What's the most important invention of the 20th Century? Is it the telephone? The assembly line? The airplane?
Nope -- it's the birth control pill. That's according to author and journalist Jonathan Eig, whose book, The Birth of The Pill, traces the pill's origins and the risk-taking innovators who pushed through societal barriers to bring it to millions of women worldwide.
Of course, he didn't come to the decision lightly. When he first heard a rabbi make the case for the pill as last century's biggest breakthrough, he thought, "That's nuts." So he decided to investigate, even though it made him a bit of an oddball amongst his peers.
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"I mentioned to my poker buddies that I was writing a book about the invention of the birth control pill, and they looked at me like I was drunk or something," he laughs. "And I'm OK with it, but I think it's sad that people think birth control is only a women's issue. It's not. It's certainly played a pretty big role in my life, and I think it's important that men learn to talk about it."
It's easy to take the pill for granted, perhaps because it's often used in private, or because it's undervalued because it's manufactured for women. "The Pill is so ubiquitous now, and so many women have used it," Eig points out. "If you meet a family with four children, you're taken aback, like 'wow, you have four kids, that's nuts.'"
So it's difficult to imagine being a woman at the turn of the last century, when birth control of any kind was outlawed by many states, and considered a sin by the Catholic church. As Eig's book points out, women had little control over their own fertility. If you were married, to refuse sex was to neglect your duties as a wife, even if you were struggling to provide for your existing children or if your doctor told you having another child might kill you. If you were unmarried, you could expect an extra helping of scorn with your accidental pregnancy.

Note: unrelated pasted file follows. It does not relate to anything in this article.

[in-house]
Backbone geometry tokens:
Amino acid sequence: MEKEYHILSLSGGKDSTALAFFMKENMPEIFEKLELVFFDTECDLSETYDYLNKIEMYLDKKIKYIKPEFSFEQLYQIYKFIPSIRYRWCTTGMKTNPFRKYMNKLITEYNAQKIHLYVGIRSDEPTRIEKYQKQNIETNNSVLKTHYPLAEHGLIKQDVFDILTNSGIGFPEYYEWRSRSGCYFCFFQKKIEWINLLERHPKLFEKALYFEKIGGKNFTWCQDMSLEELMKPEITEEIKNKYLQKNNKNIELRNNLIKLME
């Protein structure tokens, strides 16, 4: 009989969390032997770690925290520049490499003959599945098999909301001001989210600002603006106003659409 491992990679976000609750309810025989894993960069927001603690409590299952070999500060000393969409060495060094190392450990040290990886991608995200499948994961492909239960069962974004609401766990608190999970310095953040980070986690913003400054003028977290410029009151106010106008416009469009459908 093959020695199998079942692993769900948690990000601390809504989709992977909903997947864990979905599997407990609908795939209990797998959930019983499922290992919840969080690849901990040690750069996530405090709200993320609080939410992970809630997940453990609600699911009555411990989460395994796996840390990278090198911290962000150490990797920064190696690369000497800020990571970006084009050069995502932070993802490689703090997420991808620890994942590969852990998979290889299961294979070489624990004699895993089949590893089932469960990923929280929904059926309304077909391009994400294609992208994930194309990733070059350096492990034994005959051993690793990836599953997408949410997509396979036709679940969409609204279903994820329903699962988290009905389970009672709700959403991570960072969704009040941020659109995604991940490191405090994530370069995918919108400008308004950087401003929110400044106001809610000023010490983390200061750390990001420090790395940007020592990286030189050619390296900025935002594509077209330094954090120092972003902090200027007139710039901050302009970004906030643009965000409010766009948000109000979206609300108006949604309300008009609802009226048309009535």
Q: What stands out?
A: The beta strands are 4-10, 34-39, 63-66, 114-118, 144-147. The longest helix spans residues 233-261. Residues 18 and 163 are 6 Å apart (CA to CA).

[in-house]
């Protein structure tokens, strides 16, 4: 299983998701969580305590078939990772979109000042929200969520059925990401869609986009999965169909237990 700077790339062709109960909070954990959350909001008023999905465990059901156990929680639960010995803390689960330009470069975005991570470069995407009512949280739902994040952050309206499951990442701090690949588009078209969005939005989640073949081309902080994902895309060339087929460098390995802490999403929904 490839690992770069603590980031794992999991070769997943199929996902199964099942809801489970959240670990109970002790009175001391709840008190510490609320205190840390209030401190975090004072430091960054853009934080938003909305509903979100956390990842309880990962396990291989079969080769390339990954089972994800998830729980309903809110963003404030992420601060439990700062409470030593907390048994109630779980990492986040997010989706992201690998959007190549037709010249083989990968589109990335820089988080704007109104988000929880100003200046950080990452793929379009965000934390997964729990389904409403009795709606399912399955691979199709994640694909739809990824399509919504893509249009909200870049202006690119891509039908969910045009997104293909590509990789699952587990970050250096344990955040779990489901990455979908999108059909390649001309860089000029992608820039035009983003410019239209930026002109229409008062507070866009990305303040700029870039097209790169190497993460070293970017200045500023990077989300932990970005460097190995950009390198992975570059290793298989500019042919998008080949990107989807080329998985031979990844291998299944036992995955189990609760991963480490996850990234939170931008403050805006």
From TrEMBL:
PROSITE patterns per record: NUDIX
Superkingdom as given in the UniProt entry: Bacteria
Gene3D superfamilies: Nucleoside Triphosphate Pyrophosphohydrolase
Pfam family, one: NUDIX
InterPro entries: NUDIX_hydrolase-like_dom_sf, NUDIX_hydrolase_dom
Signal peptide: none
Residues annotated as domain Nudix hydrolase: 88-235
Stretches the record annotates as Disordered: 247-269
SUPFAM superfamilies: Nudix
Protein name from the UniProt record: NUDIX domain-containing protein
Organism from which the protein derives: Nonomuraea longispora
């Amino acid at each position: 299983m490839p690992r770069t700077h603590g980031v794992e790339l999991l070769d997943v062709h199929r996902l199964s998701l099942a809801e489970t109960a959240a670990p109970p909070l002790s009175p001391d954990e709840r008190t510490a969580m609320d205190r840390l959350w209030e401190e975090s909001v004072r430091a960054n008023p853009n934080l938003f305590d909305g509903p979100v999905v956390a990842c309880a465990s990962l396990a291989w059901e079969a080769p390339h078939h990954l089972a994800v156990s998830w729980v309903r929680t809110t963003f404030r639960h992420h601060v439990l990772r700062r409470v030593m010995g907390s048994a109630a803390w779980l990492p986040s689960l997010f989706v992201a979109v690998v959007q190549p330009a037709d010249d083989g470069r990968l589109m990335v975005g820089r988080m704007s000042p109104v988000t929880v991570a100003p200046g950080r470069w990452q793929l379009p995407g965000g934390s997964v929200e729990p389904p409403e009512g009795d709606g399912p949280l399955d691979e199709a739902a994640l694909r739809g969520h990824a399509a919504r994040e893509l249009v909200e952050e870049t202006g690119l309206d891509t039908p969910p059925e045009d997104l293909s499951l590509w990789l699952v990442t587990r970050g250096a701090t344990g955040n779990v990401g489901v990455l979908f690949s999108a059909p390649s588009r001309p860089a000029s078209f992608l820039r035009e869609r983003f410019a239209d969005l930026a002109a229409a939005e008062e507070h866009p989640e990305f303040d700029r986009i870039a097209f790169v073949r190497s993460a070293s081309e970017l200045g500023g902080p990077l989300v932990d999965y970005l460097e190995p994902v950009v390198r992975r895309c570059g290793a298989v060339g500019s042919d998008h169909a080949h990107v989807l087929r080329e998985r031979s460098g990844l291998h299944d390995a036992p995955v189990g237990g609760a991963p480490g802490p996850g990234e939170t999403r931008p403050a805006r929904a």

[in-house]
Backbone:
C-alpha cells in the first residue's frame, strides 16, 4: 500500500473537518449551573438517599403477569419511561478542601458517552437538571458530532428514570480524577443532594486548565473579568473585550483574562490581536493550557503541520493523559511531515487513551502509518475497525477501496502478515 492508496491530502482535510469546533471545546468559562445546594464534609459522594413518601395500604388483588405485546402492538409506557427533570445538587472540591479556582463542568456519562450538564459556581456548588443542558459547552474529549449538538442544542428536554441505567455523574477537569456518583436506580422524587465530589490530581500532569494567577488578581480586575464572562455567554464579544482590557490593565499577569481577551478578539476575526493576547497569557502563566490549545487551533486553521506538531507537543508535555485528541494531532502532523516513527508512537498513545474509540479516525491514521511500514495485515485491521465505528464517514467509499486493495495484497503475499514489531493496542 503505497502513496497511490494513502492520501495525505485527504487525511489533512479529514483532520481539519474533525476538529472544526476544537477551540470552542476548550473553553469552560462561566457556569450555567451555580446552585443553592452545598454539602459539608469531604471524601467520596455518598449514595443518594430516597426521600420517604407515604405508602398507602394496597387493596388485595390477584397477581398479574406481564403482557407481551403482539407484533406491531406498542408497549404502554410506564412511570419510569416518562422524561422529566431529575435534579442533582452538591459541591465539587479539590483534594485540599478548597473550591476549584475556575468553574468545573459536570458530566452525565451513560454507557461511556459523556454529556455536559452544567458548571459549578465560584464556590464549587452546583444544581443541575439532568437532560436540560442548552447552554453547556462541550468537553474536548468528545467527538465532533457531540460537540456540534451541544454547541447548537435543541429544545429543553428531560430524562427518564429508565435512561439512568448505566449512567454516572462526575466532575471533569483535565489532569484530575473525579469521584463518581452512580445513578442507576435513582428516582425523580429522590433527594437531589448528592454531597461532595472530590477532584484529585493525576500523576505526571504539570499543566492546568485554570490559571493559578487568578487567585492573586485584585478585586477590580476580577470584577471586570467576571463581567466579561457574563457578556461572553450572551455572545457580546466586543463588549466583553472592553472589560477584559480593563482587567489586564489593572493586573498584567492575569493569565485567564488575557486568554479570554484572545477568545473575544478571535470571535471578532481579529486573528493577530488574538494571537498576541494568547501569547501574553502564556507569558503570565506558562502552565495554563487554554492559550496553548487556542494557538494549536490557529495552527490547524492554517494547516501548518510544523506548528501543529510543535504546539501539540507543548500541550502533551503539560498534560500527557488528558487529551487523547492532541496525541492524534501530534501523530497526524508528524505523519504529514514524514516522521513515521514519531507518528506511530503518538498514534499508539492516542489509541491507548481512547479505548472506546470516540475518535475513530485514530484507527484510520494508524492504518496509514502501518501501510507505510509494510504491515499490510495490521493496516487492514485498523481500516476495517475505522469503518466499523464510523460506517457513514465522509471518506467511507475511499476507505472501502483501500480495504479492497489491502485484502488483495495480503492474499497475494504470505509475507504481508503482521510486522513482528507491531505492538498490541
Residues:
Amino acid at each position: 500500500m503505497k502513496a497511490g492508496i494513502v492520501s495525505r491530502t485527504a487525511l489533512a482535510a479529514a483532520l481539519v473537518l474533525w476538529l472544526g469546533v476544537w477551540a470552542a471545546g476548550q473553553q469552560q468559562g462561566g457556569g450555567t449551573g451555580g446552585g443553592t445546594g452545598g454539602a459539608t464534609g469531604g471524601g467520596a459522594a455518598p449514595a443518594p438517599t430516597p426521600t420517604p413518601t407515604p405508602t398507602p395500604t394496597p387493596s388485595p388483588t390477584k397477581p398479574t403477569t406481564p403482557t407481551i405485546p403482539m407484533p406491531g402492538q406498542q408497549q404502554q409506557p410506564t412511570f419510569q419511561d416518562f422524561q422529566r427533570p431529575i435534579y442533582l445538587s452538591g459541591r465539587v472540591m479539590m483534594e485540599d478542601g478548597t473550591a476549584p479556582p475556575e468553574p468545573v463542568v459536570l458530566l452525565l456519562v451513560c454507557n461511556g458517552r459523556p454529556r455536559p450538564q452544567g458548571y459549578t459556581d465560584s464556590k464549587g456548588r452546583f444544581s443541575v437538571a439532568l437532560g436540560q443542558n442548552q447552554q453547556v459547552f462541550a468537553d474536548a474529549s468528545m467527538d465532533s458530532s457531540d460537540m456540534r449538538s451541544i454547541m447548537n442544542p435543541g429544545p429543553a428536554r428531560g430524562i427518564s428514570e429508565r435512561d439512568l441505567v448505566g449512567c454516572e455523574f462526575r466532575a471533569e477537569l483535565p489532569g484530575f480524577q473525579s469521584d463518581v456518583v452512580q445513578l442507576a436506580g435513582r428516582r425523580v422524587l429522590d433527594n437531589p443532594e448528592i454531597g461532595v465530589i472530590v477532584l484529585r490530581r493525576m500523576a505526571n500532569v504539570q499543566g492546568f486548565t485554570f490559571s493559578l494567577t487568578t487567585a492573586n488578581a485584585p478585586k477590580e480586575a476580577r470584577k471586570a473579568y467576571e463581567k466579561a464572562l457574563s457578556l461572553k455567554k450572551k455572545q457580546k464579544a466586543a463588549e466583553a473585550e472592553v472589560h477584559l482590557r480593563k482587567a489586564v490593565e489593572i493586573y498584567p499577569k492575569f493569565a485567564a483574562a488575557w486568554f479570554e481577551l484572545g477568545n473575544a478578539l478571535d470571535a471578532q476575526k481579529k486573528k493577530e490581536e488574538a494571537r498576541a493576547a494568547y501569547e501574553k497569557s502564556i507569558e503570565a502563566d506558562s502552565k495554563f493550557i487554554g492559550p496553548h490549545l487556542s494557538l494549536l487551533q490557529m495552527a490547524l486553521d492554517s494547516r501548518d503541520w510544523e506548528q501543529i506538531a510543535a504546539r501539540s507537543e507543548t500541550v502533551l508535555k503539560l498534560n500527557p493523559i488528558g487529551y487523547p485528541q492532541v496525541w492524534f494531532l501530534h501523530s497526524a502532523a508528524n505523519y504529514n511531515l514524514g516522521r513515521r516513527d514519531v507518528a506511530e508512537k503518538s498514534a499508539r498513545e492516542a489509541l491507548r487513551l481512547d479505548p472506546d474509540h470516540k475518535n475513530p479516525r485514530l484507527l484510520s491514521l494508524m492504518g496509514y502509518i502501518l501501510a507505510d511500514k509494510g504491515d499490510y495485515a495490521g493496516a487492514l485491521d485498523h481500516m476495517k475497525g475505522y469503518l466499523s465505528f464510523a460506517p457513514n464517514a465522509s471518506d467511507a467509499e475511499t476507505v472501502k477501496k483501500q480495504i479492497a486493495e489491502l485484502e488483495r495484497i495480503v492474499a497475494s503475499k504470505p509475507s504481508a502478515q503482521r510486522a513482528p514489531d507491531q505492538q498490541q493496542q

"If you think about the world at a time when women could not control their fertility, when they had to get permission from men to use birth control, it's almost impossible to imagine it," Eig says. "It changed the world in so many big ways. It put women in the workforce; it allowed them to go to college; it improved their health; it spread more happiness in so many ways."
Eig wondered why he knew the names of the inventors of the telephone and the airplane, but had never learned the story of the invention of the pill. So he made it his mission to find out. What he discovered was the story of a pack of rebels who worked with near-obsessive determination, often breaking the law and using questionably ethical tactics, to create a pill that would be approved by the FDA.
Margaret Sanger was the force behind the idea; the founder of Planned Parenthood believed women would always be second-class citizens until having children was their choice, rather than their obligation. She recruited scientist Dr. Gregory Goodwin Pincus, a scientist sympathetic to women's issues but mainly concerned with creating a legacy for himself as a great inventor. Pincus brought Dr. John Rock, a Catholic gynecologist eager to modernize the church's stance on birth control, to the project. Few private companies, let alone government entities, would agree to fund their controversial research; luckily, Katharine McCormick, who'd inherited the fortune of her husband, donated over $150,000 -- over $1.2 million in today's dollars -- to the cause.
But this isn't the story of a group of noble, forward-thinking role models devoted to a just cause. Pincus was known to exaggerate the success of his research in order to gain favor or funding. Sanger aligned herself with eugenicists for financial support. And the drug trials operated on shifty ethical grounds, giving women the drugs under false pretenses and before it had been fully proven to be safe.
"It's ironic that women are treated like lab rats as these people set out to invent something that's supposed to free women," Eig says. "But history is messy sometimes."
The Birth of The Pill tells a story that's as complex and personal as the issue of birth control itself. That, Eig says, is why he decided to write about it in the first place. Though he's a feminist -- "if you define feminism as believing in women's equality, how can you not be?" -- he says he didn't set out to write a feminist book. He just wanted to tell this crazy story.
"I wasn't trying to make a point about men's interest in birth control. I was just so blown away by the story that I came across that I had to write it."
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Jonathan Eig reads Saturday, November 22, at 2:30 p.m. in room 2106. Visit miamibookfair.com.
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